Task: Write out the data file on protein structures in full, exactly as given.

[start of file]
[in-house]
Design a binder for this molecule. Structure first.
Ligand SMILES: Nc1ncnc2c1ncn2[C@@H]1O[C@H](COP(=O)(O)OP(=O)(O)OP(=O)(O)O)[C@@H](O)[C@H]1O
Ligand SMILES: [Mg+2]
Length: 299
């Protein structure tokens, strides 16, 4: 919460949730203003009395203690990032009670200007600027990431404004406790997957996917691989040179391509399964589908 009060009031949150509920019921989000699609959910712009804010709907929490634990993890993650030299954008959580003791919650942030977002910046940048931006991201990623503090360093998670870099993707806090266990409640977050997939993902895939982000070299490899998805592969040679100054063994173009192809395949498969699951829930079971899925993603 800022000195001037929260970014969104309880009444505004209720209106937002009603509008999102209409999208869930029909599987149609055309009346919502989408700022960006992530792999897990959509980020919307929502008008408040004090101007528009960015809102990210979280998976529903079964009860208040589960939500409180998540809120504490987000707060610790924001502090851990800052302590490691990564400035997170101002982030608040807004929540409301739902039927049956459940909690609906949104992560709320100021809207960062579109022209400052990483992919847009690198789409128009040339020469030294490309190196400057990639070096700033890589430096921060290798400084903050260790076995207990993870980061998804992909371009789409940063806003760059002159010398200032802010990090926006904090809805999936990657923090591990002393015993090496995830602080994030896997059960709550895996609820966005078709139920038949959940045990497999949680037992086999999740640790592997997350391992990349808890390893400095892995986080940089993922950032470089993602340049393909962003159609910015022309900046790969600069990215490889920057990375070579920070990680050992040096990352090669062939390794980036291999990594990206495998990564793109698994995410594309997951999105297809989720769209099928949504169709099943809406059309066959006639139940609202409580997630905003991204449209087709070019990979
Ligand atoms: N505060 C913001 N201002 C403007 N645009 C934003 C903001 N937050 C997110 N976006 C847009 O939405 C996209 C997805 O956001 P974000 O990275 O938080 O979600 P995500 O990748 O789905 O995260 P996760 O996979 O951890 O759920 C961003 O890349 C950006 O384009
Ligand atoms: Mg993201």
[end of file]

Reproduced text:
[in-house]
Design a binder for this molecule. Structure first.
Ligand SMILES: Nc1ncnc2c1ncn2[C@@H]1O[C@H](COP(=O)(O)OP(=O)(O)OP(=O)(O)O)[C@@H](O)[C@H]1O
Ligand SMILES: [Mg+2]
Length: 299
């Protein structure tokens, strides 16, 4: 919460949730203003009395203690990032009670200007600027990431404004406790997957996917691989040179391509399964589908 009060009031949150509920019921989000699609959910712009804010709907929490634990993890993650030299954008959580003791919650942030977002910046940048931006991201990623503090360093998670870099993707806090266990409640977050997939993902895939982000070299490899998805592969040679100054063994173009192809395949498969699951829930079971899925993603 800022000195001037929260970014969104309880009444505004209720209106937002009603509008999102209409999208869930029909599987149609055309009346919502989408700022960006992530792999897990959509980020919307929502008008408040004090101007528009960015809102990210979280998976529903079964009860208040589960939500409180998540809120504490987000707060610790924001502090851990800052302590490691990564400035997170101002982030608040807004929540409301739902039927049956459940909690609906949104992560709320100021809207960062579109022209400052990483992919847009690198789409128009040339020469030294490309190196400057990639070096700033890589430096921060290798400084903050260790076995207990993870980061998804992909371009789409940063806003760059002159010398200032802010990090926006904090809805999936990657923090591990002393015993090496995830602080994030896997059960709550895996609820966005078709139920038949959940045990497999949680037992086999999740640790592997997350391992990349808890390893400095892995986080940089993922950032470089993602340049393909962003159609910015022309900046790969600069990215490889920057990375070579920070990680050992040096990352090669062939390794980036291999990594990206495998990564793109698994995410594309997951999105297809989720769209099928949504169709099943809406059309066959006639139940609202409580997630905003991204449209087709070019990979
Ligand atoms: N505060 C913001 N201002 C403007 N645009 C934003 C903001 N937050 C997110 N976006 C847009 O939405 C996209 C997805 O956001 P974000 O990275 O938080 O979600 P995500 O990748 O789905 O995260 P996760 O996979 O951890 O759920 C961003 O890349 C950006 O384009
Ligand atoms: Mg993201």